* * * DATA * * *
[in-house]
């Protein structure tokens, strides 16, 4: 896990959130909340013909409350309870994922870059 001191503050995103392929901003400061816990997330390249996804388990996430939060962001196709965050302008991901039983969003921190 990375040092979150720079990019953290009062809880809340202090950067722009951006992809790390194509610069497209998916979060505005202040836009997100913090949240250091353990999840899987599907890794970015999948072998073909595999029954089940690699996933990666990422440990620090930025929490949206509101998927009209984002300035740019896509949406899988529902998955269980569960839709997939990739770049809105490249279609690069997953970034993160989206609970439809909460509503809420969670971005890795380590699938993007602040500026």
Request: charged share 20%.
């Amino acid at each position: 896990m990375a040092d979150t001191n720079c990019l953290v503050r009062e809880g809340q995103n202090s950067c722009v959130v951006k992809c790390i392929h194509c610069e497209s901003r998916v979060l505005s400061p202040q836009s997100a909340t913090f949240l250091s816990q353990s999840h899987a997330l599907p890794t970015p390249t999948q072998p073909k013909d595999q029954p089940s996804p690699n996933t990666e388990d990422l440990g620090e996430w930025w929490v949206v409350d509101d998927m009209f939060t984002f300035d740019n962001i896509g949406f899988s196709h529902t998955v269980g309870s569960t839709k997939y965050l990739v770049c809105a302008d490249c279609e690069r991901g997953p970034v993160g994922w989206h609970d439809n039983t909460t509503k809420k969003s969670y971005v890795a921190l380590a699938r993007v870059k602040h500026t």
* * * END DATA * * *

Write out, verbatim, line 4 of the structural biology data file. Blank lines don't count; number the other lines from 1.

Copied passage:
């Amino acid at each position: 896990m990375a040092d979150t001191n720079c990019l953290v503050r009062e809880g809340q995103n202090s950067c722009v959130v951006k992809c790390i392929h194509c610069e497209s901003r998916v979060l505005s400061p202040q836009s997100a909340t913090f949240l250091s816990q353990s999840h899987a997330l599907p890794t970015p390249t999948q072998p073909k013909d595999q029954p089940s996804p690699n996933t990666e388990d990422l440990g620090e996430w930025w929490v949206v409350d509101d998927m009209f939060t984002f300035d740019n962001i896509g949406f899988s196709h529902t998955v269980g309870s569960t839709k997939y965050l990739v770049c809105a302008d490249c279609e690069r991901g997953p970034v993160g994922w989206h609970d439809n039983t909460t509503k809420k969003s969670y971005v890795a921190l380590a699938r993007v870059k602040h500026t």